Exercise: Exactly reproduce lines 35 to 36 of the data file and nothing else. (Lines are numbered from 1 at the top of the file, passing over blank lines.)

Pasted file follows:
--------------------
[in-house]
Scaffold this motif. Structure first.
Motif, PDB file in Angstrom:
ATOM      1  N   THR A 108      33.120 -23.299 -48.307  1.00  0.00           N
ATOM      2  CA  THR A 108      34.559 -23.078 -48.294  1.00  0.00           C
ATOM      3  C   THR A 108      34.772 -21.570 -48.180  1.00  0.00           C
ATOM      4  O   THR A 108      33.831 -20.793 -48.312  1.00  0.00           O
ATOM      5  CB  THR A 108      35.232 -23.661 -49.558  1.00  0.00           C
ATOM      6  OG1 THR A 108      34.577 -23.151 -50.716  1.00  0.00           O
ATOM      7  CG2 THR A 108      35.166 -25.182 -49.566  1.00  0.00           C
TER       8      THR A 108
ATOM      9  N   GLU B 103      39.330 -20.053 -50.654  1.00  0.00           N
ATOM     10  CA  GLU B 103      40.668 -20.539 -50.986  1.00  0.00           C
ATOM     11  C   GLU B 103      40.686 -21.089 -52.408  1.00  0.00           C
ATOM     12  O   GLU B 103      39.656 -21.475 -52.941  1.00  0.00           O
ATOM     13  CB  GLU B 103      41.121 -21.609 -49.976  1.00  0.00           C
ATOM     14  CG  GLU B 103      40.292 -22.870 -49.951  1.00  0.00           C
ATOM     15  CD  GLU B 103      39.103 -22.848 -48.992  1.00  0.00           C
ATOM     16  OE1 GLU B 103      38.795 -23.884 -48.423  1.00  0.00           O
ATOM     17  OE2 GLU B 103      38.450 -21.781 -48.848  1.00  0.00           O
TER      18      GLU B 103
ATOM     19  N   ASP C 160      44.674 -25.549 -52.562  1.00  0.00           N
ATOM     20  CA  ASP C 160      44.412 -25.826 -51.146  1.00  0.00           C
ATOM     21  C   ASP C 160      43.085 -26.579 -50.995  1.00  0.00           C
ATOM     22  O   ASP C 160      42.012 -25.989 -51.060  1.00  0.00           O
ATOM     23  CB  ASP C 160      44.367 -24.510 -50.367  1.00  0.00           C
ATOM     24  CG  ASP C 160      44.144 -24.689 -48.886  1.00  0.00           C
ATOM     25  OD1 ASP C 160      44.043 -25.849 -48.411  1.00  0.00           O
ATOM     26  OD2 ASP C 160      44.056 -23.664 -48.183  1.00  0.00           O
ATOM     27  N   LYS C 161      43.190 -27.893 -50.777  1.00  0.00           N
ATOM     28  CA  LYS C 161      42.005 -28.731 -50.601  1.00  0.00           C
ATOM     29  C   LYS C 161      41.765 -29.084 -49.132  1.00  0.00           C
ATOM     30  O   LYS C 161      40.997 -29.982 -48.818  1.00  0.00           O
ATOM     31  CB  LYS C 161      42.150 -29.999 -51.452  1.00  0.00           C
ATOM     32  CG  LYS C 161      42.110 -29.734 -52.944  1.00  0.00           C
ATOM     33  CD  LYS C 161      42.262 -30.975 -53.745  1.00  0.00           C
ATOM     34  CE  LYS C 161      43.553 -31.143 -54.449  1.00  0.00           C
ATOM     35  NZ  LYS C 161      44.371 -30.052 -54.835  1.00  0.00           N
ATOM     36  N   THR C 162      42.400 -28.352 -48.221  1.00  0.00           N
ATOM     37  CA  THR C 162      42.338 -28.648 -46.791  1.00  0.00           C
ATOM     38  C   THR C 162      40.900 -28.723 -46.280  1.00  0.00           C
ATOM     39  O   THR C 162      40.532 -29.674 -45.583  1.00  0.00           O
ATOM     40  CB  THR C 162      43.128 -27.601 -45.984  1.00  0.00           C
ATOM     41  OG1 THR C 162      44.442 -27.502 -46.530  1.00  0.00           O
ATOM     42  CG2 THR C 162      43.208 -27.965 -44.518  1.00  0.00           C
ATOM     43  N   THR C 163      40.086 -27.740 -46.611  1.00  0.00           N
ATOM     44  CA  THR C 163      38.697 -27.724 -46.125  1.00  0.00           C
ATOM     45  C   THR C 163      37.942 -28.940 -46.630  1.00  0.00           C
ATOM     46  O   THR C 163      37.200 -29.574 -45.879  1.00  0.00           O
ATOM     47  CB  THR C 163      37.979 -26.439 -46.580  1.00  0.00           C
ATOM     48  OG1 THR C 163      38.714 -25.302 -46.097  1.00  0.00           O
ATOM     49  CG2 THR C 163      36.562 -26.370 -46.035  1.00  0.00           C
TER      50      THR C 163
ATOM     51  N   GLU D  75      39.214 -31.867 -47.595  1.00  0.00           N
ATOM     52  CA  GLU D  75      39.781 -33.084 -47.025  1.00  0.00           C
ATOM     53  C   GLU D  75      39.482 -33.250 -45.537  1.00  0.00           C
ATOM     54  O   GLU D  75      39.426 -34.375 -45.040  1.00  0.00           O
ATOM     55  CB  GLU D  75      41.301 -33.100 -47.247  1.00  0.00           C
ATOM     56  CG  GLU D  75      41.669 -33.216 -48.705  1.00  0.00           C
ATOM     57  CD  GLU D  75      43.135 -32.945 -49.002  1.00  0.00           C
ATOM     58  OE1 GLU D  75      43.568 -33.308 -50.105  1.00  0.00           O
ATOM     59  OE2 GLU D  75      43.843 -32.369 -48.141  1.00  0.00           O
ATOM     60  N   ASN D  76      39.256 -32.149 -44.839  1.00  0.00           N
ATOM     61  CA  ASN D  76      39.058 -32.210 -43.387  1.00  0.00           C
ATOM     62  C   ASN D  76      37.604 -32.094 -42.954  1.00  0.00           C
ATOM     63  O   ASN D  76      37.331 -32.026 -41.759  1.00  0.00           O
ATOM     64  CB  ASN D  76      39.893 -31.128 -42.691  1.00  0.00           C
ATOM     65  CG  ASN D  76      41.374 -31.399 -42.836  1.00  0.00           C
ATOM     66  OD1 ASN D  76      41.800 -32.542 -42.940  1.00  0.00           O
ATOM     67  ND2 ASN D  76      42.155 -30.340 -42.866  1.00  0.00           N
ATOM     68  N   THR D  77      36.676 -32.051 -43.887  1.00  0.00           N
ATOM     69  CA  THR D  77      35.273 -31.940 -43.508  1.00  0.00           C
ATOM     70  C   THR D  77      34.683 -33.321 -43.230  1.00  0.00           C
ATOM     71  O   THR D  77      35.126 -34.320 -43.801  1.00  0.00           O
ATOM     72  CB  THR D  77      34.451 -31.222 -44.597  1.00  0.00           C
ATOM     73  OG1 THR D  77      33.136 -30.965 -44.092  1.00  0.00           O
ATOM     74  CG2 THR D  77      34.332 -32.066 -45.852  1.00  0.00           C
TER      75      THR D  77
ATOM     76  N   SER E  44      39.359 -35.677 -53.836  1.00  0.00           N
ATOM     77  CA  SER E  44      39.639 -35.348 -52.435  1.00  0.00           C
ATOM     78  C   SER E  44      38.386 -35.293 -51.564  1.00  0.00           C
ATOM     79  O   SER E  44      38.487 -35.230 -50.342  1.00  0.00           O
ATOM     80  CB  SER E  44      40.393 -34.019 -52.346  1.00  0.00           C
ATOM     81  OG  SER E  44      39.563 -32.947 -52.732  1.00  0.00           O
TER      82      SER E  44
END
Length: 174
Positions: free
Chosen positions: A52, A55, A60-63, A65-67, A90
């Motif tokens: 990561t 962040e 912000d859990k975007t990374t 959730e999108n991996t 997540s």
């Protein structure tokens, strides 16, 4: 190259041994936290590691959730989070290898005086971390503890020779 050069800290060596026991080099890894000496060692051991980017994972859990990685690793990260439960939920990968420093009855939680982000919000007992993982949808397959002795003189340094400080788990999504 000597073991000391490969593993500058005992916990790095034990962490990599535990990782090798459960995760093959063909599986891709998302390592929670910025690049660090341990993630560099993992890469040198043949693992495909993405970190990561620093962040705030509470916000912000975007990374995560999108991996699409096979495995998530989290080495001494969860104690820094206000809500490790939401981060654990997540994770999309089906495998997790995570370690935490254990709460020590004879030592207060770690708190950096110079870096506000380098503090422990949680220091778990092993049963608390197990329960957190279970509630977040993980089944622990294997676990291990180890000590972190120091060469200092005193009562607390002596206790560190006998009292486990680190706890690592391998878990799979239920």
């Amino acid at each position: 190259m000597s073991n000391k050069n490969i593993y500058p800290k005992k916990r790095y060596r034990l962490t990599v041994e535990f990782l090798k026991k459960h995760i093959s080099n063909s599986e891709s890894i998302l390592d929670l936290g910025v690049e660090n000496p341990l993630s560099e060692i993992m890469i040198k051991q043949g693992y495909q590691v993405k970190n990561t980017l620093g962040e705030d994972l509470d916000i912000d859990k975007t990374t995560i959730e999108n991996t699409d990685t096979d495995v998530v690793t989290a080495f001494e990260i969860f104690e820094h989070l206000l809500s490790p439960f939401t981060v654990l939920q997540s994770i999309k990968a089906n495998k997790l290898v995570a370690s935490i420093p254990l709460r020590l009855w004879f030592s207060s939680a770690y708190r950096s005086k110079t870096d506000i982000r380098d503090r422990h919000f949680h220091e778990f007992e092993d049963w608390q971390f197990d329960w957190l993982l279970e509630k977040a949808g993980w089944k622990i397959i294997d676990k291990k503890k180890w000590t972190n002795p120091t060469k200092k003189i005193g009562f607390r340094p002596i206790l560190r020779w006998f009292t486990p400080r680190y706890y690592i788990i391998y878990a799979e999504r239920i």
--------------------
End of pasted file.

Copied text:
ATOM     32  CG  LYS C 161      42.110 -29.734 -52.944  1.00  0.00           C
ATOM     33  CD  LYS C 161      42.262 -30.975 -53.745  1.00  0.00           C